By Gary Levin
Aiming to battle viewer apathy over many of this year's shows, the big broadcast networks are busily crafting a new crop for next season, featuring big names and well-known titles.
Some projects are already locked in: Michael J. Fox returns to NBC this fall with an untitled sitcom about a news anchor who returns to work after treating a disease (Fox has Parkinson's), and the network has a new Dracula in Jonathan Rhys-Meyers (The Tudors). Animation king (and Oscar host) Seth MacFarlane has an early six-episode commitment from Fox for Dads, in which the lives of two single pals are interrupted when their dads move in, a recurring theme among several proposed comedies.
Of the nearly 100 other pilots vying for scarce spots on network schedules, there are safer bets such asS.H.I.E.L.D., marking Disney-owned Marvel's first collaboration with ABC, with Joss Whedon (The Avengers) at the helm; CBS' Beverly Hills Cop,centering on Axel Foley's son, with producer Eddie Murphy slated to reprise his role; Mom, a CBS comedy starring Anna Faris and Allison Janney from hit producer Chuck Lorre (The Big Bang Theory); and an untitled Fox cop comedy starring Andy Samberg and Andre Braugher.
Other stars betting on TV returns include Robin Williams as an adman in CBS' David E. Kelley comedy Crazy Ones; James Caan as an ABC sitcom dad; Lost's Josh Holloway, resurfacing as an agent with a special gift in CBS' Intelligence; Sean Hayes (Will & Grace) in an NBC father-daughter comedy; and Toni Collette in Hostages, a CBS conspiracy drama from producer Jerry Bruckheimer.
Hostages marks one trend - "more thrillers this season," says Carolyn Finger, who tracks development activity for Variety Insights - based on buzz surroundingHomeland and The Following. That's especially true at ABC, where "so many of their pilots were straight-ahead soap operas last season; they need to bring some male viewers back to the network. "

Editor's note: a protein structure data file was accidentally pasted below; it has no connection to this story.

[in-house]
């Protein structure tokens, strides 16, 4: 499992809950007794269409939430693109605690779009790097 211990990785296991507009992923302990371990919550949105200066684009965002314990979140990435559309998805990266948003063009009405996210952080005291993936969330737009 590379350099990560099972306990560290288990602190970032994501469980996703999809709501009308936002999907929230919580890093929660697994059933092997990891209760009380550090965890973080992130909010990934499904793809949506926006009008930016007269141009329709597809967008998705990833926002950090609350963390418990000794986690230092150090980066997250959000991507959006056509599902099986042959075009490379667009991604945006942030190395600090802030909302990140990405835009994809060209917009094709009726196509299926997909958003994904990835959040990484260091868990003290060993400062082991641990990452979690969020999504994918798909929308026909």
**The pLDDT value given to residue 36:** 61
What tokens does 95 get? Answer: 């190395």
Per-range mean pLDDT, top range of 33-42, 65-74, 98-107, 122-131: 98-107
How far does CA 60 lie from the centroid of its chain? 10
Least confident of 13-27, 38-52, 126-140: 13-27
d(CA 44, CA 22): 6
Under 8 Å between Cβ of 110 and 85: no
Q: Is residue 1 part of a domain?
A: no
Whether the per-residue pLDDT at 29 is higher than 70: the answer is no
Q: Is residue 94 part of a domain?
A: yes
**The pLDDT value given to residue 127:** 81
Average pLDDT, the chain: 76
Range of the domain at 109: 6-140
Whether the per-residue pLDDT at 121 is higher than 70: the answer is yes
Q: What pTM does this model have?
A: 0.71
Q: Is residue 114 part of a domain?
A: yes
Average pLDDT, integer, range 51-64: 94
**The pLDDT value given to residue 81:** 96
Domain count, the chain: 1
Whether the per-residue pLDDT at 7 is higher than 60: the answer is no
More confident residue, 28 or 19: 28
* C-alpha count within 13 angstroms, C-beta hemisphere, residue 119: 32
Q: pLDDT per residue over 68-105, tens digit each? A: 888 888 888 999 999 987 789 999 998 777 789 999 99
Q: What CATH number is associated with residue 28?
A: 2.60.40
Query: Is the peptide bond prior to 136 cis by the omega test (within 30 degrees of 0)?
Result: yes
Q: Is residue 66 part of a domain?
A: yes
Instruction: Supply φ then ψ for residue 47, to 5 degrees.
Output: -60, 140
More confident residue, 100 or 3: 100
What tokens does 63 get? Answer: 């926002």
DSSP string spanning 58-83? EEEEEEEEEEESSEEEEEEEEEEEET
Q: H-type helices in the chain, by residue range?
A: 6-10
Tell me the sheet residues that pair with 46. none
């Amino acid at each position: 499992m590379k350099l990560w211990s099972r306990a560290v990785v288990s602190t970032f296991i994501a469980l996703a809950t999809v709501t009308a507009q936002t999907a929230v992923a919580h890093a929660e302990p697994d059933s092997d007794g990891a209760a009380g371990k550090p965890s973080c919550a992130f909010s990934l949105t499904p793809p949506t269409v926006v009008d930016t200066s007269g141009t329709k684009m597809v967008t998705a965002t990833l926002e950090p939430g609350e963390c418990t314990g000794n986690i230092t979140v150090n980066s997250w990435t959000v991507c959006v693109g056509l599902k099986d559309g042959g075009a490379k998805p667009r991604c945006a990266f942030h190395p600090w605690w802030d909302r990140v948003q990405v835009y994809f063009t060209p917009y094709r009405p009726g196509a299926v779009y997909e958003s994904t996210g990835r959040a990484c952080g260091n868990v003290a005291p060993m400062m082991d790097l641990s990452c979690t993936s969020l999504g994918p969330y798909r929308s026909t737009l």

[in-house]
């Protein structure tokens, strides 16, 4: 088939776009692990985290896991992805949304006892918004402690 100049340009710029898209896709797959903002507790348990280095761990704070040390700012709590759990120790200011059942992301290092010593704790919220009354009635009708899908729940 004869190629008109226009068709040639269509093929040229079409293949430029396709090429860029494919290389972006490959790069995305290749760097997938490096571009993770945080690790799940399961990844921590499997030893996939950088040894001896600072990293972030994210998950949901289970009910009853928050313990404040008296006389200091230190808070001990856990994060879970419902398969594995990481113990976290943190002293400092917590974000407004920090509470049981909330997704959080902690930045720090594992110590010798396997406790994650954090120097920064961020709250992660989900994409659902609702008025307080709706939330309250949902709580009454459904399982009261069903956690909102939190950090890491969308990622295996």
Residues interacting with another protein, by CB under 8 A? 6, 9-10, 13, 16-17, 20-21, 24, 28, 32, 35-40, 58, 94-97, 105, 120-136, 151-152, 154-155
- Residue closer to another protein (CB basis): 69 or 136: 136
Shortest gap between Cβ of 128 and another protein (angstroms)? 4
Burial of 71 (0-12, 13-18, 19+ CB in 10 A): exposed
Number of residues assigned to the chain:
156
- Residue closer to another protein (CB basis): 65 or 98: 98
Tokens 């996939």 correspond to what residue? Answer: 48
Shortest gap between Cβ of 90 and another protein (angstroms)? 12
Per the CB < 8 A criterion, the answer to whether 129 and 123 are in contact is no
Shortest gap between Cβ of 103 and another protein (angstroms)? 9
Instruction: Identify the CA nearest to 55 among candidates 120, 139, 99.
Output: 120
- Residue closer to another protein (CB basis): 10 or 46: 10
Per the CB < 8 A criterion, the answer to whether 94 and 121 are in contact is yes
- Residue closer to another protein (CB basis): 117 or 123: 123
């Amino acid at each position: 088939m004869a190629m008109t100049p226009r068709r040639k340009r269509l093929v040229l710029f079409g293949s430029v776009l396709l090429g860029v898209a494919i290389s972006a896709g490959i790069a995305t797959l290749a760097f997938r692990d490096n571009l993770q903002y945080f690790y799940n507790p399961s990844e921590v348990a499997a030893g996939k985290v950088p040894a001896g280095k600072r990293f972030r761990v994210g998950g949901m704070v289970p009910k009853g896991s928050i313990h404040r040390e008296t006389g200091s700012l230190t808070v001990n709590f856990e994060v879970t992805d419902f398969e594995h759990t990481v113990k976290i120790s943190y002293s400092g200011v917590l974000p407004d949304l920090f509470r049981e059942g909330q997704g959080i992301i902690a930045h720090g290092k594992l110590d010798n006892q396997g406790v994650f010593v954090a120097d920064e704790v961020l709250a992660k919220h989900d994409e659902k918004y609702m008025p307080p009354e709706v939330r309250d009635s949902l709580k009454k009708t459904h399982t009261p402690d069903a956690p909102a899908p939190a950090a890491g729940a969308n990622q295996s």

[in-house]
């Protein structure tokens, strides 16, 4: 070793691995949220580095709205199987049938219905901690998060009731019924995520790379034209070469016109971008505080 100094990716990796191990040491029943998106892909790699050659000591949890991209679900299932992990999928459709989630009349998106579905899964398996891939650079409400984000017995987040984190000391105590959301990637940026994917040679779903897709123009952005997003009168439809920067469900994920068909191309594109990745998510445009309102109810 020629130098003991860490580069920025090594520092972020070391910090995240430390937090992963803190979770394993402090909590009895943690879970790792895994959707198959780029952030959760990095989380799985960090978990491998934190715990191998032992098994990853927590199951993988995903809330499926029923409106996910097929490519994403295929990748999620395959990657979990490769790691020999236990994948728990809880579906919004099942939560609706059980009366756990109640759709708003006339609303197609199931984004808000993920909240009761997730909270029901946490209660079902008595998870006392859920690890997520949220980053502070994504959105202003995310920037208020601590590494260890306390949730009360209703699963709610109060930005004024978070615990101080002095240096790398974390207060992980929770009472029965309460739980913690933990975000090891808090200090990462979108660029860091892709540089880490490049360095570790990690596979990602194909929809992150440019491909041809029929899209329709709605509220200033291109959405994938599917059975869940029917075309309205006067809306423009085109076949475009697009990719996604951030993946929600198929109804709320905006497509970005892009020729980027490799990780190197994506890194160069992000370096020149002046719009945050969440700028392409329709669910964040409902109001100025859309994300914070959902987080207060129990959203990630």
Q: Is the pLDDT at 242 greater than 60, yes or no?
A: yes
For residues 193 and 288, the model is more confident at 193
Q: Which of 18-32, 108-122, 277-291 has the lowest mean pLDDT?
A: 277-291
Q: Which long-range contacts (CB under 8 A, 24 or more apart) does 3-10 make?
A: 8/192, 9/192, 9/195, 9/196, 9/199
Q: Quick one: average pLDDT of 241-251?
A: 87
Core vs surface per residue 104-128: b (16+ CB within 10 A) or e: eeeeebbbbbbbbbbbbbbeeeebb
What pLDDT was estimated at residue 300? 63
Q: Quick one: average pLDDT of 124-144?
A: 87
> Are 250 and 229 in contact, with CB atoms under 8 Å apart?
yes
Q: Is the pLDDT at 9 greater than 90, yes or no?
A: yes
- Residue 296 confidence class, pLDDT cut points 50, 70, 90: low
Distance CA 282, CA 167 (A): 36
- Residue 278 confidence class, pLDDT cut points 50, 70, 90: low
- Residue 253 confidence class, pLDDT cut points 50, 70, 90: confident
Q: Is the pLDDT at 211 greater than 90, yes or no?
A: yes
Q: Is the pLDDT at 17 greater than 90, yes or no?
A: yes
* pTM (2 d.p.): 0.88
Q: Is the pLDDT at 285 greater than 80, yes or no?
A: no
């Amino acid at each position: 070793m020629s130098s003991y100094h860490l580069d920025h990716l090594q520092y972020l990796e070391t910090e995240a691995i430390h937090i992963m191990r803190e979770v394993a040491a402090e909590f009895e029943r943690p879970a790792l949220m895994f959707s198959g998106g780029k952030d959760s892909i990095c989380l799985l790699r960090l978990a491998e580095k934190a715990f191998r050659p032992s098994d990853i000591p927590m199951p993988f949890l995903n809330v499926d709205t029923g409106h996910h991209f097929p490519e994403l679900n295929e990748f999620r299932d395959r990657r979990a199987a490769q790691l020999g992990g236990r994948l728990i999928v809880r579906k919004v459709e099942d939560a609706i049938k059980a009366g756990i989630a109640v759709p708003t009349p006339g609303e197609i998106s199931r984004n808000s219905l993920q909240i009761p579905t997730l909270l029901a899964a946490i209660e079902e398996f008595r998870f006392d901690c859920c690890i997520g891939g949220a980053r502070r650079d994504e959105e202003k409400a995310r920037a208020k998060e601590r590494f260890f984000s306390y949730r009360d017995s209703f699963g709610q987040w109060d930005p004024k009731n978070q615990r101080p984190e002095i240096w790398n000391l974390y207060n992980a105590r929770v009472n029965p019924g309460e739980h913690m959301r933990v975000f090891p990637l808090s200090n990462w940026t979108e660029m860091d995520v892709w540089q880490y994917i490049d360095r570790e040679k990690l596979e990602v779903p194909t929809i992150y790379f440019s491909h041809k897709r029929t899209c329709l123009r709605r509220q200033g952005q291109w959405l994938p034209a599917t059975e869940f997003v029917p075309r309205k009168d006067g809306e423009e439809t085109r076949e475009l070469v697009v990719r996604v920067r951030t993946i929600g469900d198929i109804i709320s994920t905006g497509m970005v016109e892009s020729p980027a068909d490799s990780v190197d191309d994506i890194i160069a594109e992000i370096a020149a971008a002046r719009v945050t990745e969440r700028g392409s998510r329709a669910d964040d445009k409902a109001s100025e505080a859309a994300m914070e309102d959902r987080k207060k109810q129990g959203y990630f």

Familiar faces and remakes are easier to promote than untested concepts, but offer no guarantee of success. Recent attempts to reboot Charlie's Angels, Knight Riderand Bionic Woman fizzled, but NBC will try again with Ironside, starring Blair Underwood as the wheelchair-bound detective that Raymond Burr made popular in the late 1960s. From feature films, CBS is eyeing a redo of Bad Teacher, while NBC is mulling About a Boy. And spinoffs of existing shows remain alluring: John Corbett will appear in two April episodes of NCIS: Los Angeles as an analyst, and possible new-series star, while CW plots The Originals with an April episode of The Vampire Diaries, part of its marked shift away from female soaps.
Disney had success with Pirates of the Caribbean, so now ABC is mining another Disneyland ride with Big Thunder, set in a frontier town, one of several Western-themed pilots that also include Fox's Sleepy Hollow, NBC's The Sixth Gun and a present-day version of Hatfields & McCoys, the feuding clans at the center of a hit History miniseries.
And Ironside isn't the only irascible protagonist in the works: Seeking the next House-style anti-hero, Hart Hanson (Bones) is behind Backstrom, a potential CBS drama about an overweight sleuth, based on a Swedish book series; Fox is eyeing Rake, starring Greg Kinnear as a filter-free defense lawyer; and House creator David Shore's next project is Doubt, about an ex-cop turned low-rent lawyer who's battling his own demons.